The main periods of eccentricity in Eq. 5 are 413, 95, 123, 100, and 131 kyr coming, respectively, from the following relationships where the subscripts of g (and s) are the classical ones reported in Table 1:
$$ \begin{array}{l}{\lambda}_1={g}_2-{g}_5\hfill \\ {}{\lambda}_2={g}_4-{g}_5\hfill \\ {}{\lambda}_3={g}_4-{g}_2\hfill \\ {}{\lambda}_4={g}_3-{g}_5\hfill \\ {}{\lambda}_5={g}_3-{g}_2\hfill \end{array} $$
For obliquity, the main periods are 41 and 54 kyr, coming, respectively, from
$$ \begin{array}{l}{\gamma}_1={s}_3+k\hfill \\ {}{\gamma}_3={s}_6+k\hfill \end{array} $$
For climatic precession, the main periods are 23.7, 22.4, 18.98, and 19.16 kyr with
$$ \begin{array}{l}{\alpha}_1={g}_5+k\hfill \\ {}{\alpha}_2={g}_2+k\hfill \\ {}{\alpha}_3={g}_4+k\hfill \\ {}{\alpha}_4={g}_3+k\hfill \end{array} $$
This leads to conclude that the periods characterizing the expansion of e are nonlinear combinations of the precessional periods and, in particular, that the eccentricity periods close to 100 kyr are originating from the periods close to 23 and 19 kyr in precession:
$$ \begin{array}{l}{\lambda}_1={\alpha}_2-{\alpha}_1\hfill \\ {}{\lambda}_2={\alpha}_3-{\alpha}_1\hfill \\ {}{\lambda}_3={\alpha}_3-{\alpha}_2\hfill \\ {}{\lambda}_4={\alpha}_4-{\alpha}_1\hfill \\ {}{\lambda}_5={\alpha}_4-{\alpha}_2\hfill \end{array} $$
As a consequence,
$$ \begin{array}{l}{\lambda}_3={\lambda}_2-{\lambda}_1\hfill \\ {}{\lambda}_5={\lambda}_4-{\lambda}_1\hfill \end{array} $$
which clearly shows that not all the periods of eccentricity are independent. Using the periods associated to the largest amplitude terms in Eqs. 1 and 2, we would conclude that the periods of 413, 95, and 100 kyr are the most fundamental ones (123 and 131 kyr deriving directly from them) with:
  • 413 kyr coming from the resonance between Venus and Jupiter

  • 95 kyr coming from the resonance between Mars and Jupiter

  • 100 kyr coming from the resonance between Earth and Jupiter

For the obliquity, Mars, Earth, and Moon explain the 40-kyr period, Saturn being related to the 54 kyr one. For climatic precession, in addition to the Moon effect, the two periods close to 23 kyr come from Jupiter and Venus and those close to 19 kyr from Mars and Earth.

Instability of the Astronomical Periods

Over the last few million years, eccentricity varies between 0 and 0.06 with an average period of 95 kyr, being slightly shorter over the future (91 kyr). Correlatively, the line of apses (line through P and A in Fig. 1) made a revolution in a fixed reference frame with an average period of 125 kyr but largely varying between 20 and 250 kyr. This dispersion around the average value is related to the existence of very short periods related to the very low values of eccentricity. If these short periods are ignored, the minimum value of the period becomes more realistic (60 kyr).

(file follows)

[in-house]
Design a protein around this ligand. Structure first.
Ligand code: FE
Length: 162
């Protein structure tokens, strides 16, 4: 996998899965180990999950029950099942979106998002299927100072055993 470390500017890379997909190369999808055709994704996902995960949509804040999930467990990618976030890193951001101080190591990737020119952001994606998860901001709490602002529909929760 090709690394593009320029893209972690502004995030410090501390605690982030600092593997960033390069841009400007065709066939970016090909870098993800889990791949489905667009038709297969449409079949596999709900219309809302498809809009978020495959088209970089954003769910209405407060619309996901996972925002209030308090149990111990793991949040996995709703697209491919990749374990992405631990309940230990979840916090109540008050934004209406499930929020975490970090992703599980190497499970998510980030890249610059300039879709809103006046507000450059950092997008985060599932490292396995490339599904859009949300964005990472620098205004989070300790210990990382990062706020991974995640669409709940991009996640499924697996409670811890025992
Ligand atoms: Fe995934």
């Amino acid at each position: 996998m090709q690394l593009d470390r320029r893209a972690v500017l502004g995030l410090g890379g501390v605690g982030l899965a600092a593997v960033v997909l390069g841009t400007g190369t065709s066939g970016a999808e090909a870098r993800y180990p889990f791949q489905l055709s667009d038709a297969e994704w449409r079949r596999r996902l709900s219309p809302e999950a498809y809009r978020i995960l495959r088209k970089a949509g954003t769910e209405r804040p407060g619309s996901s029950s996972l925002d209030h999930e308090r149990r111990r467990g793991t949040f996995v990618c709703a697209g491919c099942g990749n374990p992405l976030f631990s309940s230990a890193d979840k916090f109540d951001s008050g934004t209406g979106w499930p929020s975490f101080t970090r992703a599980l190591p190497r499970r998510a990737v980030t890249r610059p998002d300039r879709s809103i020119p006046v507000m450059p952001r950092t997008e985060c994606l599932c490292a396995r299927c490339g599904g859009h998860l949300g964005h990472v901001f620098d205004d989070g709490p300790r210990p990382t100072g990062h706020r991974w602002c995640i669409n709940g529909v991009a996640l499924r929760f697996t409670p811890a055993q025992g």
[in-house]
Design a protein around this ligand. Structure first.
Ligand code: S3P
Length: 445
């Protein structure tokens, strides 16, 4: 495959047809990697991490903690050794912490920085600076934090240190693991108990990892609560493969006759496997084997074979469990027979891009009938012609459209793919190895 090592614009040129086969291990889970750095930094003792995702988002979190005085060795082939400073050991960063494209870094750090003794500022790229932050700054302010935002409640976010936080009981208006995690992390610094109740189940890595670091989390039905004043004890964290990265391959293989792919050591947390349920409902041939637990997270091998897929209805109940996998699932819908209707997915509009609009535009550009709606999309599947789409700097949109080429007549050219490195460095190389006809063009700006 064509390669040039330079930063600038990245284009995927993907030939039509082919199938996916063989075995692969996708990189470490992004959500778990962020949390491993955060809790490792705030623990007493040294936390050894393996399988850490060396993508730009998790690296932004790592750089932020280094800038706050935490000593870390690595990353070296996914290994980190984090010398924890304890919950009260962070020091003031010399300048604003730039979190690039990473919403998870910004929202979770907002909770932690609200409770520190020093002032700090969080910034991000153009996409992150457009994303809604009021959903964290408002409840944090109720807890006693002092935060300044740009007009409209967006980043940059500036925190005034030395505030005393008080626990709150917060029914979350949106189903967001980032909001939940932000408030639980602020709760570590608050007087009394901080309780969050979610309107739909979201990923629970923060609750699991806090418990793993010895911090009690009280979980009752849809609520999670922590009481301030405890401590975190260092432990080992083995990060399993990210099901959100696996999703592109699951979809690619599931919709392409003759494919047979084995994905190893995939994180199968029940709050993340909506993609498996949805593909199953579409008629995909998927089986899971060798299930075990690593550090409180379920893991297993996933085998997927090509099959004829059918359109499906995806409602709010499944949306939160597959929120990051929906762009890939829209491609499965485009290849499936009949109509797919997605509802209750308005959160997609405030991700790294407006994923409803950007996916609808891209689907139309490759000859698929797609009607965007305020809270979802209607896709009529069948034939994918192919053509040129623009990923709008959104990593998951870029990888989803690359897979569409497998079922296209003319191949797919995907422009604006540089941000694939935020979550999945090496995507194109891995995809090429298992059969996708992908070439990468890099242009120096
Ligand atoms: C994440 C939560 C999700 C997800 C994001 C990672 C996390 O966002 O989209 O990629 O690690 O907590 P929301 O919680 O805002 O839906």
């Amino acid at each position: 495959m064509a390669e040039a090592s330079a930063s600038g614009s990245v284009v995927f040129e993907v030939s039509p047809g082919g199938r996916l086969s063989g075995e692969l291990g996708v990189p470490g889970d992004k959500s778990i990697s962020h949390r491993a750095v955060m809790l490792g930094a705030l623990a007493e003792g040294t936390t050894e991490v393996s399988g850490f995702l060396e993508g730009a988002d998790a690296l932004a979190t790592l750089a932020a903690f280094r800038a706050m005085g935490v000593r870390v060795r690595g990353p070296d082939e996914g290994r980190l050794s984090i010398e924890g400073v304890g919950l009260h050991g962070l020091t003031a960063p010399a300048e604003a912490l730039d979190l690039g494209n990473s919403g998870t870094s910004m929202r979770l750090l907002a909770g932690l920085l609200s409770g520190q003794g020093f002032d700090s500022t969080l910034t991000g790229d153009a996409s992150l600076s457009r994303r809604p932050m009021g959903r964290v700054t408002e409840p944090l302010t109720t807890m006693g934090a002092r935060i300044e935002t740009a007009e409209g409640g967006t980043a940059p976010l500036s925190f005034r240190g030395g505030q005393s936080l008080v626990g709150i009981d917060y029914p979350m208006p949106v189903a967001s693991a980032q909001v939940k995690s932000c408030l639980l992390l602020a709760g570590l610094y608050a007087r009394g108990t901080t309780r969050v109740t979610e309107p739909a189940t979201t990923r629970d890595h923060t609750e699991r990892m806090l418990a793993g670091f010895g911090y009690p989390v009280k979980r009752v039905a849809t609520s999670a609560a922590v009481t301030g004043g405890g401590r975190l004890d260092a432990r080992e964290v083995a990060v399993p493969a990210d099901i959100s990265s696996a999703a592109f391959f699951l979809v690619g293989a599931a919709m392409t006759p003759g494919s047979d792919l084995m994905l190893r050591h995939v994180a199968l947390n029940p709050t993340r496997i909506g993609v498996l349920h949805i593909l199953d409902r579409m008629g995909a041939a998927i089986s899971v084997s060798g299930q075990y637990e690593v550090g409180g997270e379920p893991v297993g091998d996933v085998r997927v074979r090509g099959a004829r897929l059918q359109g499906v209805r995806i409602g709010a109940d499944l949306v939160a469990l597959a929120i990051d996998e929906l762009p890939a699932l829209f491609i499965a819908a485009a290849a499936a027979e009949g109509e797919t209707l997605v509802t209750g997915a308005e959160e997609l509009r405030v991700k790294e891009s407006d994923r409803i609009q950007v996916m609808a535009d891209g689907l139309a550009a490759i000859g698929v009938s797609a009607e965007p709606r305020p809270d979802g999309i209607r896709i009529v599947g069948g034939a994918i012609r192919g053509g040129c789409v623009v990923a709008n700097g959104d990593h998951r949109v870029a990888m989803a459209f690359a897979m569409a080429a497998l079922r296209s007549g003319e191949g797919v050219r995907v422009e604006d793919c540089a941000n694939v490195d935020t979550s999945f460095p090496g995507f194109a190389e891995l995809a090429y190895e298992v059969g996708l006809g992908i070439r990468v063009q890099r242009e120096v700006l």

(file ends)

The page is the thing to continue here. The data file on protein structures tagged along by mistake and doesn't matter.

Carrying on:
Figure 3 shows the long-term variations of these three astronomical parameters over the past 400 ka and into the future for the next 100 ka. It shows in particular that the 100-kyr period is not stable in time (Berger et al., 1998), being remarkably shorter over the present day. Actually, the most important theoretical period of eccentricity, 400 kyr, is weak before 1 Ma BP and is particularly strong over the next 400 ka, with the strength of the components in the 100-kyr band changing in the opposite way. It is worth pointing out that this weakening of the 100-kyr period started about 900 ka ago when this period began to appear very strongly in paleoclimate records. This implies that the 100-kyr period found in paleoclimatic records is definitely not linearly related to eccentricity. We are now approaching a minimum of e at the 400-kyr time scale: at 27 ka AP, the Earth’s orbit will be circular. Actually, transitions between successive strong 400-kyr cycles (as it is the case now) are characterized by very small eccentricity and short eccentricity cycles with a low amplitude of variation.
Fig. 3

Long-term variations of eccentricity, climatic precession, obliquity, and insolation at 65°N at the summer solstice from 400 ka BP to 100 ka AP. Time is progressing from right to left (The data are derived from the formula given in Berger (1978))

For precession, the average period is roughly 21.5 kyr with large dispersion varying between 14 and 30 kyr. At the 400-kyr time scale, the amplitude and frequency modulations are inversely related: when the amplitude of precession is small (large), the period is short (long). It is the reverse at the 100-kyr time scale.